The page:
Simone has devoted her legal career to helping vulnerable populations navigate complex legal challenges. She currently represents clients in a variety of mass tort and employment law cases. Prior to law school, Simone worked as a microbiologist; her scientific background allows her to analyze and interpret various fact patterns that arise in mass tort practice, particularly regarding pharmaceuticals.
Representing Clients in Cases involving Sexual Abuse, Employment, and Mass Torts
Simone currently represents sexual abuse survivors who were abused by leaders and other actors within the Boy Scouts of America organization. She also represents cancer survivors who have suffered permanent and disfiguring alopecia after taking the chemotherapy drug Taxotere. Simone is also involved in spearheading mass arbitration on behalf of Amazon Flex workers, who have been denied the payment and other benefits that they are entitled to under the law.
Previous Work Experience and Education
Simone is a 2016 graduate of Texas A&M University School of Law, where she served as Executive Articles Editor for the Property Journal and worked as a summer clerk for Chief Justice Carolyn Wright of the 5th District Court of Appeals in Dallas, Texas. During her time in law school she was also a Research Assistant to Professor James McGrath and she researched healthcare laws and policies regarding transgender people in prisons. After graduating law school, Simone spent three years representing disabled individuals in Social Security Disability administrative hearings.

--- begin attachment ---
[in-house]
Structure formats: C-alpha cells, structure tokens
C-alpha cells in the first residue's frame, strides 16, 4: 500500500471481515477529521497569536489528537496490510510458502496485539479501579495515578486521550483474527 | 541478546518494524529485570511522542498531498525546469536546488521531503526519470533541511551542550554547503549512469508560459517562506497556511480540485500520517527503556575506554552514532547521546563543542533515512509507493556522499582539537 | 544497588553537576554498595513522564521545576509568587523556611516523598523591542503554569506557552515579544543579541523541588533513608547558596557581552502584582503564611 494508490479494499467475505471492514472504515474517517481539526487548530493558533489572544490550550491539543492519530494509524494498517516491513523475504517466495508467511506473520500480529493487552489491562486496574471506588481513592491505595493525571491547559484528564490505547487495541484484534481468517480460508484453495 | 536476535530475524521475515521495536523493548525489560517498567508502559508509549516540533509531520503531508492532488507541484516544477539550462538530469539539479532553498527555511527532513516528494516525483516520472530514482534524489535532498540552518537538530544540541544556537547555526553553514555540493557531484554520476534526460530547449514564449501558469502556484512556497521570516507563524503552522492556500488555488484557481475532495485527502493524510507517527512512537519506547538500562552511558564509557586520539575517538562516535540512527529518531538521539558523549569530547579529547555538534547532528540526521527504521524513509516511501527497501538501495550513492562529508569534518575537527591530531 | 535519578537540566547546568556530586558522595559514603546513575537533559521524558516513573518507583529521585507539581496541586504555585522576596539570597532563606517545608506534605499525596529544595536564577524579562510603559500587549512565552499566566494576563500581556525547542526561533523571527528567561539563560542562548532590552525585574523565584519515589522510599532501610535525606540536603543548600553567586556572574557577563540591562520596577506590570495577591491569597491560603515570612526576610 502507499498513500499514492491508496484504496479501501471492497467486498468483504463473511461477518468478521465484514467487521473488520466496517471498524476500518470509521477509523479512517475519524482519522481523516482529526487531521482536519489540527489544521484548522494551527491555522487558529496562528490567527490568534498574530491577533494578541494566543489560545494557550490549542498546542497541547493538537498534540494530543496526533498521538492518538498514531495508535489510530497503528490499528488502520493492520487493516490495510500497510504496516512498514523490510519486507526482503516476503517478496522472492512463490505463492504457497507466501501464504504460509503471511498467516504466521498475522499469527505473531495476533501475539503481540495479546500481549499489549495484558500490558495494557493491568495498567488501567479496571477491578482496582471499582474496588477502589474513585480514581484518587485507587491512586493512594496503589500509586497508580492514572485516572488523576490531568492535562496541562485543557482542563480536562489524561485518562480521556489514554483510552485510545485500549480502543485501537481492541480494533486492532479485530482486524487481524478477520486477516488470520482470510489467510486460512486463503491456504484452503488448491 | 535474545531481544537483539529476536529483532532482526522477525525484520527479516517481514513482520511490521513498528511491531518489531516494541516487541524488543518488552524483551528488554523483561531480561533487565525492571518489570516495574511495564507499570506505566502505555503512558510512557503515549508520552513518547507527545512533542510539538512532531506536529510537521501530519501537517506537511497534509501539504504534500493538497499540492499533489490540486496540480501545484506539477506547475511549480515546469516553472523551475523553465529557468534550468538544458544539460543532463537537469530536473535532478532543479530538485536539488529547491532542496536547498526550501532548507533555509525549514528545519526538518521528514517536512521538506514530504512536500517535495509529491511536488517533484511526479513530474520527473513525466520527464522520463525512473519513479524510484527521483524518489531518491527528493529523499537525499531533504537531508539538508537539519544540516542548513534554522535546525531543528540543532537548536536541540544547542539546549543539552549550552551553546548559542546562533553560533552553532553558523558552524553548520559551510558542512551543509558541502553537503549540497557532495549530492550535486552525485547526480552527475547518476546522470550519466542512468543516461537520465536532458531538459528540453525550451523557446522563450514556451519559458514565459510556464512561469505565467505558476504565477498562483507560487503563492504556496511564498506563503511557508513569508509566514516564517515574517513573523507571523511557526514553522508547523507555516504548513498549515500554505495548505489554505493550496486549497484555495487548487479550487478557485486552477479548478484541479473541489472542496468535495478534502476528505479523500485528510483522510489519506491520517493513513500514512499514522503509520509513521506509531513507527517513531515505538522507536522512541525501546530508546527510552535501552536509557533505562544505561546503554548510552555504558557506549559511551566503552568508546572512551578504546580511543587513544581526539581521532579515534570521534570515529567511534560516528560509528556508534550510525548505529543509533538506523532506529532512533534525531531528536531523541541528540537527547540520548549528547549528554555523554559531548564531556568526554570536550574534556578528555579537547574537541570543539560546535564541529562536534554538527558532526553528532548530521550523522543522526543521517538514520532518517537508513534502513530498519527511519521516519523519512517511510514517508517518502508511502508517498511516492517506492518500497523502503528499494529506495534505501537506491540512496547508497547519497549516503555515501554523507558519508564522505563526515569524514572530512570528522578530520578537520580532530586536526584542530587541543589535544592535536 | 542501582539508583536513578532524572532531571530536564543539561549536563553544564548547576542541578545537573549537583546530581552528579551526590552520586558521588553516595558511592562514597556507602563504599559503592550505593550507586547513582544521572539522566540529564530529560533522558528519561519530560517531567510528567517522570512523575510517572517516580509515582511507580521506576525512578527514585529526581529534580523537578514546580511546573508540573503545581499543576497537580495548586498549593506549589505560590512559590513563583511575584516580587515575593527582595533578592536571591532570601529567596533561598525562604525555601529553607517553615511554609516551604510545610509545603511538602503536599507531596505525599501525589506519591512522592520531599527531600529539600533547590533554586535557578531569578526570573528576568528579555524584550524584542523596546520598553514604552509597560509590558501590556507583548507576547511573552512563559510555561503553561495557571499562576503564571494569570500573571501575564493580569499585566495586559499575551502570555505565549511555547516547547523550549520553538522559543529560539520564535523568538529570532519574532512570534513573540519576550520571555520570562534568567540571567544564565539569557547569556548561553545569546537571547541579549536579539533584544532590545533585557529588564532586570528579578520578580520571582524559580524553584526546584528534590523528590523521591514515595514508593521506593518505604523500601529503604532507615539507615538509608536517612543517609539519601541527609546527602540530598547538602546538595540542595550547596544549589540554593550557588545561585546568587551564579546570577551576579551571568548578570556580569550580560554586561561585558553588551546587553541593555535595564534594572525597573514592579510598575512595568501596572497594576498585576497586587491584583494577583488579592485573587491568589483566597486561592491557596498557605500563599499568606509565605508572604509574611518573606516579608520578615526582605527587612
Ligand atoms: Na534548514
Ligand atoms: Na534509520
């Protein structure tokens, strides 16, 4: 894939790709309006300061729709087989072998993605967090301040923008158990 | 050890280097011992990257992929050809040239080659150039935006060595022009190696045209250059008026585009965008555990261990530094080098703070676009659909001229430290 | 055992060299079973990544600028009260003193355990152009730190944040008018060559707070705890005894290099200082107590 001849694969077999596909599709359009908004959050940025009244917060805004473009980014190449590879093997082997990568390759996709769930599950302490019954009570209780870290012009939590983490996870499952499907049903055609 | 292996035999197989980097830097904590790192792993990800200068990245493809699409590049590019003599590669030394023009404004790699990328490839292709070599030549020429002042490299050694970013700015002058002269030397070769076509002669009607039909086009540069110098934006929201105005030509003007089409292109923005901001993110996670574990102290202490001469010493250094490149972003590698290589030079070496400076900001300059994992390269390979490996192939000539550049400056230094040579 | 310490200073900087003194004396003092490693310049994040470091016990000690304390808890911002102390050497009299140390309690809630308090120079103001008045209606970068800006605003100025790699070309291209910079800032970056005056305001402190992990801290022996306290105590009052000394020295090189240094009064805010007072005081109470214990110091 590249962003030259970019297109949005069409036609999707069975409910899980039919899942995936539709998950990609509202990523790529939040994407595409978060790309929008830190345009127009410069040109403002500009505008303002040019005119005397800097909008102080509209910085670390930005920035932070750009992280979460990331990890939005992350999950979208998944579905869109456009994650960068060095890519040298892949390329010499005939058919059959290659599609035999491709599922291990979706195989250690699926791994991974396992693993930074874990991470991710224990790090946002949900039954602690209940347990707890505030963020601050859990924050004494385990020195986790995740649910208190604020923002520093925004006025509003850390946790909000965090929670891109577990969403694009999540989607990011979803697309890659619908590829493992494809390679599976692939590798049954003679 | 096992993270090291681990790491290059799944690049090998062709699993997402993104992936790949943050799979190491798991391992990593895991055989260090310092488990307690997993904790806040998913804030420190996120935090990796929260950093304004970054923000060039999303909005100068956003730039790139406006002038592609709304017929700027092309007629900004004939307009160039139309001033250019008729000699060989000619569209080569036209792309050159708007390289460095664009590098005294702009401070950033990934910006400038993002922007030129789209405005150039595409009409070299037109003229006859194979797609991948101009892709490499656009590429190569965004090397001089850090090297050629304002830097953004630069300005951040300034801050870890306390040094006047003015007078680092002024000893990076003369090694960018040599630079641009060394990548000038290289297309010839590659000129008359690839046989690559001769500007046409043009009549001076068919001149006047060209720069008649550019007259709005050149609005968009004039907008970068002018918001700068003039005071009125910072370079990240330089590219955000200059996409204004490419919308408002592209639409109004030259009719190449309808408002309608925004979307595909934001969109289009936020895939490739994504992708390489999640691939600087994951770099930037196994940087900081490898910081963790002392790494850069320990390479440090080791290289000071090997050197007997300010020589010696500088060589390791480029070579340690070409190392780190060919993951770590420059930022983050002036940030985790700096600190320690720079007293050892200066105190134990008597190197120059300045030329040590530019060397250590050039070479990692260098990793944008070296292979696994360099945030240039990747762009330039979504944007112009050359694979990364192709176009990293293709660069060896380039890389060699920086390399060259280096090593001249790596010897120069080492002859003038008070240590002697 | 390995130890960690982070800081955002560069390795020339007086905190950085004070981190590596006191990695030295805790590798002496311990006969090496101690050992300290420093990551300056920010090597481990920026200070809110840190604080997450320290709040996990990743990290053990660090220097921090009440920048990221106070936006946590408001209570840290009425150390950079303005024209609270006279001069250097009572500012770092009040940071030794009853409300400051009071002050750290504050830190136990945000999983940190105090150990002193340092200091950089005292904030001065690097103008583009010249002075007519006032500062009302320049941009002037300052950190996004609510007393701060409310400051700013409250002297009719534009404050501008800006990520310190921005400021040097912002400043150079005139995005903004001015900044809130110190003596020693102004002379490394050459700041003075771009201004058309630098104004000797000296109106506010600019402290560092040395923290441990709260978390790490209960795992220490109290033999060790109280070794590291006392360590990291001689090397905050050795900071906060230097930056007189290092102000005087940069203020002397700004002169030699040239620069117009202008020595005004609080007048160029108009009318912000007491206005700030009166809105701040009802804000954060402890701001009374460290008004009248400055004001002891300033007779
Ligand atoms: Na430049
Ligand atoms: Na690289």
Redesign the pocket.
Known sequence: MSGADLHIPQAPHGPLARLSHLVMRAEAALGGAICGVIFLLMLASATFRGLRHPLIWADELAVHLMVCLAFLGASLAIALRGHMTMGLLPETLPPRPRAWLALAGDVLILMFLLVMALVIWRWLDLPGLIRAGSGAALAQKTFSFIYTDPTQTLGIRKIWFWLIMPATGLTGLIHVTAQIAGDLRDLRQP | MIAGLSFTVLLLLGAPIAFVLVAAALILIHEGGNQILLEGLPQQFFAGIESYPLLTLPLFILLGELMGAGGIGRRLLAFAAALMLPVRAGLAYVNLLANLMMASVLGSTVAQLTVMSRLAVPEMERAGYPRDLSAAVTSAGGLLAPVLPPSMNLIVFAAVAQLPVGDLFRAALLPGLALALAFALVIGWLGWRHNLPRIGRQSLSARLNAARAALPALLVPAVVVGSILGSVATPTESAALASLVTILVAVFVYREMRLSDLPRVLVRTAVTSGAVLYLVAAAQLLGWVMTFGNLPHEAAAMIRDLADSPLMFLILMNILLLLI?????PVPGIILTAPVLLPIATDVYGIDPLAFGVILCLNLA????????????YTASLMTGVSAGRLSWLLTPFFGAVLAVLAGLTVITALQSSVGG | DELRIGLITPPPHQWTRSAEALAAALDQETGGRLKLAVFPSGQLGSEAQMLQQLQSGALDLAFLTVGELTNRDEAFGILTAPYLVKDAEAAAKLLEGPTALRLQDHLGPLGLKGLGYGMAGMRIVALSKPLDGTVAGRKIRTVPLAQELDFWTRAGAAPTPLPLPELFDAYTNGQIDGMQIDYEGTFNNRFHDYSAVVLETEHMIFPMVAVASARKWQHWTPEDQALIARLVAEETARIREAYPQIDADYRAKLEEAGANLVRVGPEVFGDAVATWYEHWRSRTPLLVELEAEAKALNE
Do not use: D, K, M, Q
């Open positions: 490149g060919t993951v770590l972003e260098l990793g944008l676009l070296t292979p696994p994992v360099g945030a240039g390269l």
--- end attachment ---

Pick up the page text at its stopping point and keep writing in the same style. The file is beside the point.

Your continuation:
Simone received her Bachelor of Science degree with a concentration in Microbiology from University of Texas at Austin. While at the University of Texas at Austin she researched the evolution of viruses that infect bacteria. Afterwards, she worked as a microbiologist testing the efficacy of antibiotics and other antimicrobial agents before those products were sent to the FDA for approval. Simone also traveled to rural Panama for a medical mission trip where she helped set-up medical clinics in schoolyards in order to give women and children, who suffered from illness due to poor sanitization, access to medical care.